In what is fast becoming the most dynamic blogosphere in the South Caucasus, and especially in English, Azeri bloggers continue to write poignant entries. Following the April 30 massacre of students at the Azerbaijani Oil Academy and the later detention of dozens of youth activists and bloggers, Flying Carpets and Broken Pipelines updates its readers on the aftermath of the tragedy.
Its been 40 days, since a shooter named Farda Gadirov, entered the premises of the State Oil Academy, killing 12 people including himself. The investigation still continues, with no news as to the motive, those who were behind the attack as well as the exact number of those arrested.
[…] And the longer investigation lingers, the more speculations will circle around. So far, no one claimed responsibility. […]
I guess will just have to keep on waiting…
Sins Against Democracy also reflects on the protest staged soon after at a flower festival in the country's capital, Baku, while calls for a national day of mourning fell on deaf ears. The blog, however, takes a lighter look at the detentions and the fact that an innocent bystander was taken in by police simply for what she was wearing.
As it was widely known, in May 10 police detained number of young people peacefully mourning over the killings at State Oil Academy […]. It was on the ‘flowers’ day’, grandiose ‘holiday’ dedicated to the memory of former president Heydar Aliyev. I read on Nigar Fatali’s blog that among detained youngsters was a girl arrested while standing at the bus stop just because she was in black. Today, I have received an e-mail with a joke about her and want to share:
“Yesterday it was told that police detained Roma, Nigar, Zaur and others, who organized mourning procession on May 10. Police swept not only our guys, but also the innocent girl –Goth, who was in black and was waiting for a bus at the bus stop.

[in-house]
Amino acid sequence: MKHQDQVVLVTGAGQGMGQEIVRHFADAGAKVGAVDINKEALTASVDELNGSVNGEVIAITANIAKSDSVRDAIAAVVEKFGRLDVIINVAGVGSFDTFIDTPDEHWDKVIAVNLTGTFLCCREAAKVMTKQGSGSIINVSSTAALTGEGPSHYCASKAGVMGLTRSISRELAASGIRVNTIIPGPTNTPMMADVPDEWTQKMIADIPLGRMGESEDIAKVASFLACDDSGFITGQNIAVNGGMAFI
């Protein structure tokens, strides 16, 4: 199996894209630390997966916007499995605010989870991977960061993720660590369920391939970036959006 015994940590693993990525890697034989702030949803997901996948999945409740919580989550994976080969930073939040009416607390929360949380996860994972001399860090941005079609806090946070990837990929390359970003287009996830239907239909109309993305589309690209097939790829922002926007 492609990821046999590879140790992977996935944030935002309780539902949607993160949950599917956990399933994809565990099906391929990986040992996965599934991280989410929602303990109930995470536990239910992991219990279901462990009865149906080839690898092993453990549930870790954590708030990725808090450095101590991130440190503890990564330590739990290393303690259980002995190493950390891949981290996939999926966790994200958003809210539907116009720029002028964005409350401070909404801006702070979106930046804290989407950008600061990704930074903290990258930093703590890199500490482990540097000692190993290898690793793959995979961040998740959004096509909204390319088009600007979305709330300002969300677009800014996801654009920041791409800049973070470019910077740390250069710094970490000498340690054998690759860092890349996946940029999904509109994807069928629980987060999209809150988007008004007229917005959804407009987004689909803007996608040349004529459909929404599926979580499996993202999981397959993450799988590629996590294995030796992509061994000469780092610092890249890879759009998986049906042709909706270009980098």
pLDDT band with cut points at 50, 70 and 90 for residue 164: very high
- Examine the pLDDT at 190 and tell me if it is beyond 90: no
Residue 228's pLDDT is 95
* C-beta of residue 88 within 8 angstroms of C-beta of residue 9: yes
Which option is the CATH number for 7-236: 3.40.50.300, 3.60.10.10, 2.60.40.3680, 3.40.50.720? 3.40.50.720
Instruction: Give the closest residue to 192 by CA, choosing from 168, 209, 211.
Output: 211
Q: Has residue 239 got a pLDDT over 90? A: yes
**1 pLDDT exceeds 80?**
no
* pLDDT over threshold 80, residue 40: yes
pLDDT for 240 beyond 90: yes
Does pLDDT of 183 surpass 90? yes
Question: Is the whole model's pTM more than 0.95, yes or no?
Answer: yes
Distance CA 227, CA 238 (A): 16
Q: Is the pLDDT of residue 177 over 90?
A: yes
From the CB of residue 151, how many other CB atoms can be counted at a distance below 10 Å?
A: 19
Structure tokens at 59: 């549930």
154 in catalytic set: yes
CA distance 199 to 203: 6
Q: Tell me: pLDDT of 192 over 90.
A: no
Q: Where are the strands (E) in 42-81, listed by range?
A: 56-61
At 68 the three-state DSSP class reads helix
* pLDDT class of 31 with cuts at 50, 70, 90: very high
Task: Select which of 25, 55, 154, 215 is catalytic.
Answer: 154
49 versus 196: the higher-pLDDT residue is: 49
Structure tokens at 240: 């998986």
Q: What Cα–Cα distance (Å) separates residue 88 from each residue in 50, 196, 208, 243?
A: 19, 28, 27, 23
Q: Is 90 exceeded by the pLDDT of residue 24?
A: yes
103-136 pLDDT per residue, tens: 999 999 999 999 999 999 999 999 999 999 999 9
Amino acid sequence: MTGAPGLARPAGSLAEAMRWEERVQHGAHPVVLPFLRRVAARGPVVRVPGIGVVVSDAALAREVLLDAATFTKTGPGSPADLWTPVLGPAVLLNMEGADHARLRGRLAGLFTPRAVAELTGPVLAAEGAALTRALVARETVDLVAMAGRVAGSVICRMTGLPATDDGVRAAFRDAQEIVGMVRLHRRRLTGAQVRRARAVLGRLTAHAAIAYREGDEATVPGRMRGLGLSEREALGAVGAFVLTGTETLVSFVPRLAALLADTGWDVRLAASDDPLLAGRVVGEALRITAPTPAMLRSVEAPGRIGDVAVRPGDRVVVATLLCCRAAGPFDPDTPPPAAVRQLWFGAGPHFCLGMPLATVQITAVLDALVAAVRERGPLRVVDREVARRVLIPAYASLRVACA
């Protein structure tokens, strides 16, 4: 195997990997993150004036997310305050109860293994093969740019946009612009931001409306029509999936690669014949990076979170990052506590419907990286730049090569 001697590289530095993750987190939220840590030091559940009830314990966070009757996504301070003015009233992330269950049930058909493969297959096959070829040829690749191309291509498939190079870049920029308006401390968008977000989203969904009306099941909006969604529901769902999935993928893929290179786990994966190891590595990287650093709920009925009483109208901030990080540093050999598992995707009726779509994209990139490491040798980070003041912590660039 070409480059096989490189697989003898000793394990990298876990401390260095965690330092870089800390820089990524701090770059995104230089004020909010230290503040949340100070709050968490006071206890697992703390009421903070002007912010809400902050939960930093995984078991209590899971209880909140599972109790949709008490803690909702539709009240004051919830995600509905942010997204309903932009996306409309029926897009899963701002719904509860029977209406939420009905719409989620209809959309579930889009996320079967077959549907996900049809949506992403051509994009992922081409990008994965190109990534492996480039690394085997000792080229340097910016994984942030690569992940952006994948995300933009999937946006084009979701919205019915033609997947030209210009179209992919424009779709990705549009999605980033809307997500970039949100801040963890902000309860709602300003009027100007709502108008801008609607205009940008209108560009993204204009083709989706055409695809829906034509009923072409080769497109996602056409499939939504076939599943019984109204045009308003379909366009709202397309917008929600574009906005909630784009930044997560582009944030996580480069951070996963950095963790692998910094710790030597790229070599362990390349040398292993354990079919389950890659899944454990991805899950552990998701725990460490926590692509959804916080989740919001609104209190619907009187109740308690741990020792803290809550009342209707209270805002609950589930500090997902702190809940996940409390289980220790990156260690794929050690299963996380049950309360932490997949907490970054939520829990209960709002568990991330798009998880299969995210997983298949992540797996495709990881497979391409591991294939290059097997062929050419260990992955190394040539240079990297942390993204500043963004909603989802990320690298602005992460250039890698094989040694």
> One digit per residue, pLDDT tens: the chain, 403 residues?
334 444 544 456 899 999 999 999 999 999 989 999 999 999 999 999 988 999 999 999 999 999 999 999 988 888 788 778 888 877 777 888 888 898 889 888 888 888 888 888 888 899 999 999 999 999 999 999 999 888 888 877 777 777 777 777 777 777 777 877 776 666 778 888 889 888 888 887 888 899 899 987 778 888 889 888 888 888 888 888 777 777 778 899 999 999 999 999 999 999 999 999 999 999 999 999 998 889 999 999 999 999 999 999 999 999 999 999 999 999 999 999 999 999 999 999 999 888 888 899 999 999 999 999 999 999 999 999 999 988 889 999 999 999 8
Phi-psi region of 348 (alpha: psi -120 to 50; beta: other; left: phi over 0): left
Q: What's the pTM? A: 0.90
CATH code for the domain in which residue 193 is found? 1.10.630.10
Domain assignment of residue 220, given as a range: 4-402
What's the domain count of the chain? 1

- I am in black, because I am a Goth! Goth! I am a Goth! – she cried while police dragged her into the car.
- What does she say? – the arm of the law said with astonishment releasing his victim from unexpectedness.
- I am a Goth! I am a Goth! –she began to shout gladly.
- She is a Russian speaker – indulgently explained the other one – she does not speak our language (Azerbaijani) well. Get into the car, daughter of a G…t, we will see at the station if you are a ‘G…t’ or something else.
(explanation for Russian speakers: ‘Got’ in Azerbaijani is ‘ass’)”
My friend says it is a famous joke now. I think stupidity and vulgarity of our police (even if it is a joke) is not funny, but a sad fact …
Meanwhile, Fighting windmills? Take a pill ponders why bloggers are often critical of the injustices faced by many in countries such as Azerbaijan and its neighbors in the region. The answer, the blogger concludes, is simple.
While reading my previous posts you've probably been wondering why am I so negative and critical about Azerbaijan. My answer is: the same reason our parents would punish us for bad behaviour – they knew we could do better.
But I must admit – there are reasons that keep me attached to this land of injustice, stubborness and stereotypes. The natural acts of love led by “want” not “must”.
So, yes, we can be stubborn, passive, childish but I know we can do better.
And I will never stop hoping for the change.
Unfortunately, however, following a ban on foreign radio broadcasts in the country earlier in the year, and with amendments to legislation concerning NGOs in the country on the cards, many are concerned that the authorities might soon turn their attention towards the Internet.
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